Jurisdiction Size, Political Participation, and the Allocation of Resources
This paper analyzes the effect of population size on political participation and allocative efficiency. Increasing population is generally found to reduce political participation. However, since participation is not evenly spread throughout the population, this will have consequences for allocation. Namely, we argue that increasing population size shifts power to the rich. We discuss the consequences for the optimal size of jurisdictions, the size of government, and the measurement of publicness. Copyright 2002 by Kluwer Academic Publishers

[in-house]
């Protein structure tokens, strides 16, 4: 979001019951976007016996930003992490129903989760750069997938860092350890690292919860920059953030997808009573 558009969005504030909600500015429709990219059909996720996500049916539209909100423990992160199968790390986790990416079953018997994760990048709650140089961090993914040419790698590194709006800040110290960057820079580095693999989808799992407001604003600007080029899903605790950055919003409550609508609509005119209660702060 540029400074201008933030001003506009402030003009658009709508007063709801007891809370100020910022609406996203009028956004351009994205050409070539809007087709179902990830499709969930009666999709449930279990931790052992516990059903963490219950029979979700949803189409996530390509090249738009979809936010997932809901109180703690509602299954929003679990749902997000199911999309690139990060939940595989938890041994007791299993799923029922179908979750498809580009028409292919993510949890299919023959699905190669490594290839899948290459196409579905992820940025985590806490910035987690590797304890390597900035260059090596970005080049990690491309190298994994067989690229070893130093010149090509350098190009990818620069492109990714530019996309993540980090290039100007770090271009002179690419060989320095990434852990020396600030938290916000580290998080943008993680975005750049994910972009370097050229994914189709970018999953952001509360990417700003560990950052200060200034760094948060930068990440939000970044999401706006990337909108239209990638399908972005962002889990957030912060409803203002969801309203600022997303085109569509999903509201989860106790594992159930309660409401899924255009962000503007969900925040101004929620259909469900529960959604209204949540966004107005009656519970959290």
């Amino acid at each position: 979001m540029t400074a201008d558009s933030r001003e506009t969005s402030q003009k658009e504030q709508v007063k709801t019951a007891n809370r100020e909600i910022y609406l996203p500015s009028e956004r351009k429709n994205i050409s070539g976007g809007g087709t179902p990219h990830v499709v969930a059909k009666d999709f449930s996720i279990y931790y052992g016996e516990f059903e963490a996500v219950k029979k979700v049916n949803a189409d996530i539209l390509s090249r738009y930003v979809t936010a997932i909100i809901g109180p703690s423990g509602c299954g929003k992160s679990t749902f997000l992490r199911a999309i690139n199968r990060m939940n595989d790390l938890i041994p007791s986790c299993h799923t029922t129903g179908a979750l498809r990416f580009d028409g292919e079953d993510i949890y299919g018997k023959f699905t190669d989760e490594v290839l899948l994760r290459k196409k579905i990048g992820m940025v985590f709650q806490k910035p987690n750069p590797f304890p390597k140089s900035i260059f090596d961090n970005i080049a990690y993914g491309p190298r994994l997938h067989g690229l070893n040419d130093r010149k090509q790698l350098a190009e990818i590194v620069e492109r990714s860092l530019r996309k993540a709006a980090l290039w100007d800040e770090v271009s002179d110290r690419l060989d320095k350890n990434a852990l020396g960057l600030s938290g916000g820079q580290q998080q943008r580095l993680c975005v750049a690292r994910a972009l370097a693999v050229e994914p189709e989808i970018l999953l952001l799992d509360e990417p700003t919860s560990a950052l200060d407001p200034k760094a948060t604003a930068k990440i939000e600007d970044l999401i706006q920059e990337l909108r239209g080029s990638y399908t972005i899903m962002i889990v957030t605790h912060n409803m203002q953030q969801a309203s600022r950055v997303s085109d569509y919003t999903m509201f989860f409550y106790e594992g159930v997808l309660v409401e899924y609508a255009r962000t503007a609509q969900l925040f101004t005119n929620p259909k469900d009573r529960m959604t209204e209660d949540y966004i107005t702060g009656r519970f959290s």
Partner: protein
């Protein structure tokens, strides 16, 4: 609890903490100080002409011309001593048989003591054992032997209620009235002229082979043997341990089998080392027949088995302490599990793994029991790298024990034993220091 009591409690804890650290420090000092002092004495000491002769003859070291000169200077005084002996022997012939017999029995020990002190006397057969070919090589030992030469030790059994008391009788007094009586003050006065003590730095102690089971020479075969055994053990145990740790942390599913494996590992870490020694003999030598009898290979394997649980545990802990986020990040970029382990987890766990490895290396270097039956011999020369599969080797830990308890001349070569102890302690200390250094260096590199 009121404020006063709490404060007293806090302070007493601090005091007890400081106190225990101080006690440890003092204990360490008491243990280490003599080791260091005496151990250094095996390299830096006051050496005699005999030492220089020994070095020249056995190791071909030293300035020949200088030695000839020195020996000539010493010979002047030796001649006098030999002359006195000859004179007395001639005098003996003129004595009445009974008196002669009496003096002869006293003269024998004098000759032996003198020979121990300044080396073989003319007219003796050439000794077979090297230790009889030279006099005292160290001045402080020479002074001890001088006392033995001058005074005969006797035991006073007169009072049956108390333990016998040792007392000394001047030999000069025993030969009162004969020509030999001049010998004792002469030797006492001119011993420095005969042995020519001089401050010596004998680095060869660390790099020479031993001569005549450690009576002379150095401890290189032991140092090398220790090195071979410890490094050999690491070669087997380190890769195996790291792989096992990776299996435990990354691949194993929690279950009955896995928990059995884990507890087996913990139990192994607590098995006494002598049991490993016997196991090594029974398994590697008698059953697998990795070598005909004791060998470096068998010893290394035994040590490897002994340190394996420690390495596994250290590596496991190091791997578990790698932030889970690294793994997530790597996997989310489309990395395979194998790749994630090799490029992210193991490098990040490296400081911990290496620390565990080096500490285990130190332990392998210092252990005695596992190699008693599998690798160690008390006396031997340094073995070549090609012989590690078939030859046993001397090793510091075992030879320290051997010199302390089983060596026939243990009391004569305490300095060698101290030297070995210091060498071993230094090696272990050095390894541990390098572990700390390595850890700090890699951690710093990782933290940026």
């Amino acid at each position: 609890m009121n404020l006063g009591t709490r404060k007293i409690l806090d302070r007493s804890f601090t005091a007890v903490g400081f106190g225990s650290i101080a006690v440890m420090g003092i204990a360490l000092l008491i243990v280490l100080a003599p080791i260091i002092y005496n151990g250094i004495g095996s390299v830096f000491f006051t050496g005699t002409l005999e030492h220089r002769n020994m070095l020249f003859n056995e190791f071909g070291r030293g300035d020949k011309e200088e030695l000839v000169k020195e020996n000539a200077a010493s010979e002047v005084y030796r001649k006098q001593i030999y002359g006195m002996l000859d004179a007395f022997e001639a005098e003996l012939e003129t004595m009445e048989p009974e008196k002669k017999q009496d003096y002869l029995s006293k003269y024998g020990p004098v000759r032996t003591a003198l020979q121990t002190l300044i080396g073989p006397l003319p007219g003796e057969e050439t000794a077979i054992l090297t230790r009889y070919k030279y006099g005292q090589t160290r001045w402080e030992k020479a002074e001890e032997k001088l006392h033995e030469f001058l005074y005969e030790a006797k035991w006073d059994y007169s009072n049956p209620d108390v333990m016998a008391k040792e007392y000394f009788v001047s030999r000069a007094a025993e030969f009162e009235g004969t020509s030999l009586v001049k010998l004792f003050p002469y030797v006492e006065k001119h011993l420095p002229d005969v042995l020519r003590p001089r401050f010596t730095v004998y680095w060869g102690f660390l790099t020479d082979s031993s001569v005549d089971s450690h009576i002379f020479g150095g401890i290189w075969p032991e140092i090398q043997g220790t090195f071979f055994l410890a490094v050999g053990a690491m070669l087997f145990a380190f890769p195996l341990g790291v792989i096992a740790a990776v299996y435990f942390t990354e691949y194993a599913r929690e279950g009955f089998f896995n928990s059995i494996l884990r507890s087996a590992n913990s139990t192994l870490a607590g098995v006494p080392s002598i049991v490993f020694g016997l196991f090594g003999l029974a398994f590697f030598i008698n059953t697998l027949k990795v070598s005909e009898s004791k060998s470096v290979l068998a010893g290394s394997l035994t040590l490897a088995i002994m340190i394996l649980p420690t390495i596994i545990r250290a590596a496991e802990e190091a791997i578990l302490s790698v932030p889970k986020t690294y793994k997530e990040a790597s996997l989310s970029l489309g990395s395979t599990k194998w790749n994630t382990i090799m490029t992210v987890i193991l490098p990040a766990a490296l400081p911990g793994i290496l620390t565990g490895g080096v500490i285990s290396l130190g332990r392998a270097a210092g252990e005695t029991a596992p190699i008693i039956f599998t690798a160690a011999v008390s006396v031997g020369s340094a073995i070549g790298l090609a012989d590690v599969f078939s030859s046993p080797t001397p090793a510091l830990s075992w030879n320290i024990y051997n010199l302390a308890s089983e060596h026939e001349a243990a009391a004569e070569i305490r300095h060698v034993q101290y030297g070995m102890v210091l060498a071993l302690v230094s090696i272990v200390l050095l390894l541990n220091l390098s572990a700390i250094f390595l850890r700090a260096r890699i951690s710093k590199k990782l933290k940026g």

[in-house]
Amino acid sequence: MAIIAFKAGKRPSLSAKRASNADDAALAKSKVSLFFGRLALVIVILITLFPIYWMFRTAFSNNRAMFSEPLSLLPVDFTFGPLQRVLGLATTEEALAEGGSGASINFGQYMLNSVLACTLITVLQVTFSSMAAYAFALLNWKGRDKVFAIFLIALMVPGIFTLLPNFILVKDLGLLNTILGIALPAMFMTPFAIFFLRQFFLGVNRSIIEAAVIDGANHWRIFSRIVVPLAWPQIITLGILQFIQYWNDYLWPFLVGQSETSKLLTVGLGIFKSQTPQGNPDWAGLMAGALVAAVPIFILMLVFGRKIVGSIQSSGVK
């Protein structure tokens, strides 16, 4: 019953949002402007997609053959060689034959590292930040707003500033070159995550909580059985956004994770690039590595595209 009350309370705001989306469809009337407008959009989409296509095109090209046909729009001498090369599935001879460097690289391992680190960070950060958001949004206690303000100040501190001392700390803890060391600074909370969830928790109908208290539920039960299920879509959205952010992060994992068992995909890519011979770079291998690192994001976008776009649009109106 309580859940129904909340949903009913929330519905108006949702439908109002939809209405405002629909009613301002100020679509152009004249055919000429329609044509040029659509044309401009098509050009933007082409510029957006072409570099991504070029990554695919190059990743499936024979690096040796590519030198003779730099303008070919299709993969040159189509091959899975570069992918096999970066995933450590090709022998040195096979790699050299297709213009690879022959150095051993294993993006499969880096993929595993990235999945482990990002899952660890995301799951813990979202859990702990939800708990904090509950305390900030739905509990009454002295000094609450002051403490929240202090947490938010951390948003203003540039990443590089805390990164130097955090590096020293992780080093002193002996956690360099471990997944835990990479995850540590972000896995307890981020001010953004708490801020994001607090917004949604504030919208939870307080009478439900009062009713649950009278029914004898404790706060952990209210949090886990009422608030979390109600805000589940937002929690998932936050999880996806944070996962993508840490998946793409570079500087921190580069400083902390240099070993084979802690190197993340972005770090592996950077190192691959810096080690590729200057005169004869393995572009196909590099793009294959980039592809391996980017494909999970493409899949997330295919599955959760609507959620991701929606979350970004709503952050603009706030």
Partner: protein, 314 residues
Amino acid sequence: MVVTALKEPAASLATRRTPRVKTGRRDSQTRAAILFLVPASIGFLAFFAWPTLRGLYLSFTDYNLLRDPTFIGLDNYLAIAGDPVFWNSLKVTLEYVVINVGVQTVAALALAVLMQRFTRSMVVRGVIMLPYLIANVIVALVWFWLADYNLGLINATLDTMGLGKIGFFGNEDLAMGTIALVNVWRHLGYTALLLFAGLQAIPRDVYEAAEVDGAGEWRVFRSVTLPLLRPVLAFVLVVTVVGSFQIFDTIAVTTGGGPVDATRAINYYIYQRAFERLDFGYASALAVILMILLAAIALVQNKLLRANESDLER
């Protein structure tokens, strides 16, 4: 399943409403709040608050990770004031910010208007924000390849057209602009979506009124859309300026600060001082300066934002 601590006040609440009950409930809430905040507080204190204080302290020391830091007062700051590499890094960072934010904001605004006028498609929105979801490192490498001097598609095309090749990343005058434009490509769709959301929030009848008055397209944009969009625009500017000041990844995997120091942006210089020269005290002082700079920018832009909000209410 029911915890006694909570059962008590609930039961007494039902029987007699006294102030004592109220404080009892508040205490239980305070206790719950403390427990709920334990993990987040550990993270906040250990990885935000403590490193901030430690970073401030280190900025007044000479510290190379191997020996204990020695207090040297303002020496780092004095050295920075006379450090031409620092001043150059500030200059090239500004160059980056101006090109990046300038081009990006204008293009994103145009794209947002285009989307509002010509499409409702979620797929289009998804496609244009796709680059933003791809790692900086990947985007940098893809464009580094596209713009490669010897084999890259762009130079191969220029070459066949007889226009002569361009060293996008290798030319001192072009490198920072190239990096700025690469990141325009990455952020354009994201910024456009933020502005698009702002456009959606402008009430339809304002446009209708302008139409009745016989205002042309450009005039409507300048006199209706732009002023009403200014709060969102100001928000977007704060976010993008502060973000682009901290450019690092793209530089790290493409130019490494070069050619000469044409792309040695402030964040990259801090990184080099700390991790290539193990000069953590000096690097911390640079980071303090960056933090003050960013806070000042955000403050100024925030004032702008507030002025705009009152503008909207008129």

Volume (Year): 113 (2002)
Issue (Month): 3-4 (December)
|Contact details of provider:|| Web page: http://www.springer.com|
|Order Information:||Web: http://www.springer.com/economics/public+finance/journal/11127/PS2|
When requesting a correction, please mention this item's handle: RePEc:kap:pubcho:v:113:y:2002:i:3-4:p:251-63. See general information about how to correct material in RePEc.
For technical questions regarding this item, or to correct its authors, title, abstract, bibliographic or download information, contact: (Sonal Shukla)or (Rebekah McClure)
If references are entirely missing, you can add them using this form.